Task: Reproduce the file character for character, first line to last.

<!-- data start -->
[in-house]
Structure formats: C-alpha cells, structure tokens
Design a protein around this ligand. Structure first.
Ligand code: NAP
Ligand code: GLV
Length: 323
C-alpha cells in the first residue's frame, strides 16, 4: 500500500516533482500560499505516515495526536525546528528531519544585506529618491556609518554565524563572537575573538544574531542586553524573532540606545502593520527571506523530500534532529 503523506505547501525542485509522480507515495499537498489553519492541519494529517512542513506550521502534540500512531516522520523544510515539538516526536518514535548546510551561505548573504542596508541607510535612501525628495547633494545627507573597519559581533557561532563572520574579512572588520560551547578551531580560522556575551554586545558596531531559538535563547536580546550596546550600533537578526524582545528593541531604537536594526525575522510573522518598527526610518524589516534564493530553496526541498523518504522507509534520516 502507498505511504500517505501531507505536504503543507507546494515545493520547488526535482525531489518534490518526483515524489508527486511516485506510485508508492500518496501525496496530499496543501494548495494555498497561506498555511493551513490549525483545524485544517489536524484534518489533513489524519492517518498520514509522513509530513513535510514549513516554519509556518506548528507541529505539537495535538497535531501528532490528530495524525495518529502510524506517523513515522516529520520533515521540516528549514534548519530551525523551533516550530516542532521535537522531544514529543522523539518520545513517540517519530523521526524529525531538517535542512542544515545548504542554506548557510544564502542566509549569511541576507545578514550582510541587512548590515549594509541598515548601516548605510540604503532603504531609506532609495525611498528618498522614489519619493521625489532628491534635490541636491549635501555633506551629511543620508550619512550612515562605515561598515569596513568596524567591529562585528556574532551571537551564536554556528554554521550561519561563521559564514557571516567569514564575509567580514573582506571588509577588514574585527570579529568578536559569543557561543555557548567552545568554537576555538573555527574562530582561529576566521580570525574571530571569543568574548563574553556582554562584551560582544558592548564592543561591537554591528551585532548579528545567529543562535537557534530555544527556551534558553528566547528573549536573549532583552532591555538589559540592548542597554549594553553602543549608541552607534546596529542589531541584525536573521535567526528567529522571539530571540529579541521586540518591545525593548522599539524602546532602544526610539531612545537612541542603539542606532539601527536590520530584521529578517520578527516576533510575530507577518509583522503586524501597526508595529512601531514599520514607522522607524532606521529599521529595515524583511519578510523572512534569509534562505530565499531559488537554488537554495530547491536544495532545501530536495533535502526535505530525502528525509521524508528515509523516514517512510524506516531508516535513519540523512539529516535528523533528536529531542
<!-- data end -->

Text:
[in-house]
Structure formats: C-alpha cells, structure tokens
Design a protein around this ligand. Structure first.
Ligand code: NAP
Ligand code: GLV
Length: 323
C-alpha cells in the first residue's frame, strides 16, 4: 500500500516533482500560499505516515495526536525546528528531519544585506529618491556609518554565524563572537575573538544574531542586553524573532540606545502593520527571506523530500534532529 503523506505547501525542485509522480507515495499537498489553519492541519494529517512542513506550521502534540500512531516522520523544510515539538516526536518514535548546510551561505548573504542596508541607510535612501525628495547633494545627507573597519559581533557561532563572520574579512572588520560551547578551531580560522556575551554586545558596531531559538535563547536580546550596546550600533537578526524582545528593541531604537536594526525575522510573522518598527526610518524589516534564493530553496526541498523518504522507509534520516 502507498505511504500517505501531507505536504503543507507546494515545493520547488526535482525531489518534490518526483515524489508527486511516485506510485508508492500518496501525496496530499496543501494548495494555498497561506498555511493551513490549525483545524485544517489536524484534518489533513489524519492517518498520514509522513509530513513535510514549513516554519509556518506548528507541529505539537495535538497535531501528532490528530495524525495518529502510524506517523513515522516529520520533515521540516528549514534548519530551525523551533516550530516542532521535537522531544514529543522523539518520545513517540517519530523521526524529525531538517535542512542544515545548504542554506548557510544564502542566509549569511541576507545578514550582510541587512548590515549594509541598515548601516548605510540604503532603504531609506532609495525611498528618498522614489519619493521625489532628491534635490541636491549635501555633506551629511543620508550619512550612515562605515561598515569596513568596524567591529562585528556574532551571537551564536554556528554554521550561519561563521559564514557571516567569514564575509567580514573582506571588509577588514574585527570579529568578536559569543557561543555557548567552545568554537576555538573555527574562530582561529576566521580570525574571530571569543568574548563574553556582554562584551560582544558592548564592543561591537554591528551585532548579528545567529543562535537557534530555544527556551534558553528566547528573549536573549532583552532591555538589559540592548542597554549594553553602543549608541552607534546596529542589531541584525536573521535567526528567529522571539530571540529579541521586540518591545525593548522599539524602546532602544526610539531612545537612541542603539542606532539601527536590520530584521529578517520578527516576533510575530507577518509583522503586524501597526508595529512601531514599520514607522522607524532606521529599521529595515524583511519578510523572512534569509534562505530565499531559488537554488537554495530547491536544495532545501530536495533535502526535505530525502528525509521524508528515509523516514517512510524506516531508516535513519540523512539529516535528523533528536529531542